FE Today Logo

UK inflation rises for first time in 2018, London house prices fall

August 16, 2018 00:00:00

A shopper reaching out to a high shelf in an Aldi store in London, Britain on Wednesday — Reuters

LONDON, Aug 15 (Reuters): Britain's inflation rate picked up in July for the first time this year, leaving many British households feeling squeezed by prices that are rising at about the same pace as their salaries.

Official data also underscored the weakness in the property market since the 2016 Brexit vote, with prices in London falling at their fastest pace since 2009.

Overall, consumer price inflation rose at an annual rate of 2.5 per cent in July after holding at 2.4 per cent in the previous three months, the Office for National Statistics said, in line with economists' forecasts in a Reuters poll.

It was the first time since November that inflation gained pace, slowing the recovery in spending power for many households, even if inflation is expected to fall back in the coming months.

"These figures show that the cost of living squeeze is not yet a thing of the past," said Tej Parikh, an economist at the Institute of Directors, an employers group, noting high oil prices and a rise in utility bills.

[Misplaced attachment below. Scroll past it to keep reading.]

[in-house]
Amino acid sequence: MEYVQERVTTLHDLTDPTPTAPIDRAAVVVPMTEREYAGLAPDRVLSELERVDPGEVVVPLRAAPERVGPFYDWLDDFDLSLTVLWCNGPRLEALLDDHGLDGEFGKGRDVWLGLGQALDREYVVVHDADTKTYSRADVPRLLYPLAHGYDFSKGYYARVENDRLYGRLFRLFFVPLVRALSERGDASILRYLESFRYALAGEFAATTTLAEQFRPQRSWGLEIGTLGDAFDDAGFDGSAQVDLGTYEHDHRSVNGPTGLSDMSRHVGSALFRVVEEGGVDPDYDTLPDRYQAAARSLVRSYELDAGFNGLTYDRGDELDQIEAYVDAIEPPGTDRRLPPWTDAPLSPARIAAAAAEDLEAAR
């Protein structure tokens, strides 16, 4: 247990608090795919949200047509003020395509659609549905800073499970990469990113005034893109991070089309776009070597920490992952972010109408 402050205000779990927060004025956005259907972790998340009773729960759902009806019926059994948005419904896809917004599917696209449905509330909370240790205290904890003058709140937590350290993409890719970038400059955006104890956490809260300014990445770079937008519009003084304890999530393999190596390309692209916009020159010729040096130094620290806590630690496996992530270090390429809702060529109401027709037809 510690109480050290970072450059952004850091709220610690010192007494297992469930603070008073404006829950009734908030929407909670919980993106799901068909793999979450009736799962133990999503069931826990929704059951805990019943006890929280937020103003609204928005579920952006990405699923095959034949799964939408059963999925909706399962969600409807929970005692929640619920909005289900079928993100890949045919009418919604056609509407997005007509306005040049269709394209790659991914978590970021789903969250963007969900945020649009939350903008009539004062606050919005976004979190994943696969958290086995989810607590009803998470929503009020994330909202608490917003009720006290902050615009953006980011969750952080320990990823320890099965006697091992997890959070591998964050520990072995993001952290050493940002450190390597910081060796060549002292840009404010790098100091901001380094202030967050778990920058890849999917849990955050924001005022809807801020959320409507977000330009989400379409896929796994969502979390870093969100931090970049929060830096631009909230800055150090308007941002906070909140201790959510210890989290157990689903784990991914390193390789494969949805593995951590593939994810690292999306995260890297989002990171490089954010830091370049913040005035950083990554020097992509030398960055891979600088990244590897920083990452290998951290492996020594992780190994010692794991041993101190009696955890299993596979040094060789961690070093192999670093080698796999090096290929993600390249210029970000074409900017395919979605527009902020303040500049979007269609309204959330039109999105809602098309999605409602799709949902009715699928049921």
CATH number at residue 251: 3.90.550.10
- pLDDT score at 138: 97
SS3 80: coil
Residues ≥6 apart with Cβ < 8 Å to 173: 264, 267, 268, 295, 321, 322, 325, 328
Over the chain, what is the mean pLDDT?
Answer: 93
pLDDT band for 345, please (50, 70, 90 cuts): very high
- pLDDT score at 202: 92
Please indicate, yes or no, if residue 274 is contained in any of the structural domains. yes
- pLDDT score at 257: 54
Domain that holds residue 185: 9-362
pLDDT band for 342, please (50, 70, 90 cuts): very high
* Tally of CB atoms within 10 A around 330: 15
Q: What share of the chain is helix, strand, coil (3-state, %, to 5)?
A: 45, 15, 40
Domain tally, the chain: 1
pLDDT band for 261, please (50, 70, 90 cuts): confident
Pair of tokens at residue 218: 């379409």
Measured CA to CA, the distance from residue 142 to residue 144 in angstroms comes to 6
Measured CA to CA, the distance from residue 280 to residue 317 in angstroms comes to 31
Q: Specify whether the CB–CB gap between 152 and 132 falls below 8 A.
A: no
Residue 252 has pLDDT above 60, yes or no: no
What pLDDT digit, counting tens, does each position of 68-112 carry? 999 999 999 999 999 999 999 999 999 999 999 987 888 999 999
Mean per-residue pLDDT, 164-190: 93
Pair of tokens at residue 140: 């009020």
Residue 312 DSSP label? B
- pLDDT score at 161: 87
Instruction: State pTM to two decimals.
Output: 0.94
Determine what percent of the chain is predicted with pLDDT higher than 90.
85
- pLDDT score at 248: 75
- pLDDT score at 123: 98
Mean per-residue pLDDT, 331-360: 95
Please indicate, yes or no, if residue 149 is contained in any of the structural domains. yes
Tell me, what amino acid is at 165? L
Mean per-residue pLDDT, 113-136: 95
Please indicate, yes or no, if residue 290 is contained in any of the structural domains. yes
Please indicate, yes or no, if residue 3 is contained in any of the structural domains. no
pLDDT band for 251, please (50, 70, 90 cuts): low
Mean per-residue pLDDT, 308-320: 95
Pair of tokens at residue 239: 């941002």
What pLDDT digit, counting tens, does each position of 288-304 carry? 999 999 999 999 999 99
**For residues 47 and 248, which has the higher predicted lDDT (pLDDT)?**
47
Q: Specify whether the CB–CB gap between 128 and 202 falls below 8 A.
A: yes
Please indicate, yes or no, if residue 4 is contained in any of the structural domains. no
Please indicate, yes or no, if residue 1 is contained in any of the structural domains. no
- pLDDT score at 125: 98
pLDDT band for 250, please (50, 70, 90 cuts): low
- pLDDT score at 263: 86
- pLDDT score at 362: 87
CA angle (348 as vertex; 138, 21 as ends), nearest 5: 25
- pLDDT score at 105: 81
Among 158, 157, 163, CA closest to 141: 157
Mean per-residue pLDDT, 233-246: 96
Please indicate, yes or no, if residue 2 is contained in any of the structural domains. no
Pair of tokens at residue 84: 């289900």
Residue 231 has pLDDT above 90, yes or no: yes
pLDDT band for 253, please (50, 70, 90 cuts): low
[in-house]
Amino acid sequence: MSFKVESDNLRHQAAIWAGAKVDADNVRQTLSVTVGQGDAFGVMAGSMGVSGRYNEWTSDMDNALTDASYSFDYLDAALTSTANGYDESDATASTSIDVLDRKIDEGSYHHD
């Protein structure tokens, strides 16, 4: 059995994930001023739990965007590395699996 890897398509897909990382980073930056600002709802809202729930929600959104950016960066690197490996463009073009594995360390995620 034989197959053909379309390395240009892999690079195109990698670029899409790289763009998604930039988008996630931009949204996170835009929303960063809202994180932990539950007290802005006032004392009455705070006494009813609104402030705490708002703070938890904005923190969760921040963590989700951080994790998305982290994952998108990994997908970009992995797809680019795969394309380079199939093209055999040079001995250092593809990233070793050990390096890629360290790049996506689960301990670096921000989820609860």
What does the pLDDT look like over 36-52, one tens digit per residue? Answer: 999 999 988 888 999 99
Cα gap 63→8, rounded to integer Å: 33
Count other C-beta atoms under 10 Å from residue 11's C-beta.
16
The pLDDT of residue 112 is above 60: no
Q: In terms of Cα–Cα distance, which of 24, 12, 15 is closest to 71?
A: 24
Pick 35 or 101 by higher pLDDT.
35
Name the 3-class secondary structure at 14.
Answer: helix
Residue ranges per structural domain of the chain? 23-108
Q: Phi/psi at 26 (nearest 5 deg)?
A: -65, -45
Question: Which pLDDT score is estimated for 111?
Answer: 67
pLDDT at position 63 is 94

On Tuesday, data showed average earnings, including bonuses, rose an annual 2.4 per cent in the three months to June, extending a long run of pay rises below their pre-financial crisis levels.

"This is likely to weigh down consumer spending, posing fresh problems for embattled high street businesses," Parikh said.

On Tuesday, Homebase, which sells DIY goods, became the latest casualty among retailers struggling to cope with a tougher market - as well as the rise of online shopping - saying it would close 42 stores.

When the Bank of England raised interest rates this month, it said inflation would rise to 2.6 per cent in July before weakening. It expects inflation will be just above its 2 per cent target in two years' time as it slowly raises borrowing costs.

But many private economists think inflation will prove to be weaker than the BoE is predicting.

Sterling, which has fallen in recent weeks on concerns about the lack of an agreement on Britain's leaving the European Union and the signals about how gradually rates will rise, briefly fell after Wednesday's data.

The CPI hit a five-year high of 3.1 per cent in November, when the inflationary effect of the pound's tumble after the Brexit vote reached its peak.

Prices for computers games - which are often volatile - and transport fares pushed up inflation in July. Prices for clothing fell. The removal of initial charges for investment in some unit trusts also held inflation down.

Share if you like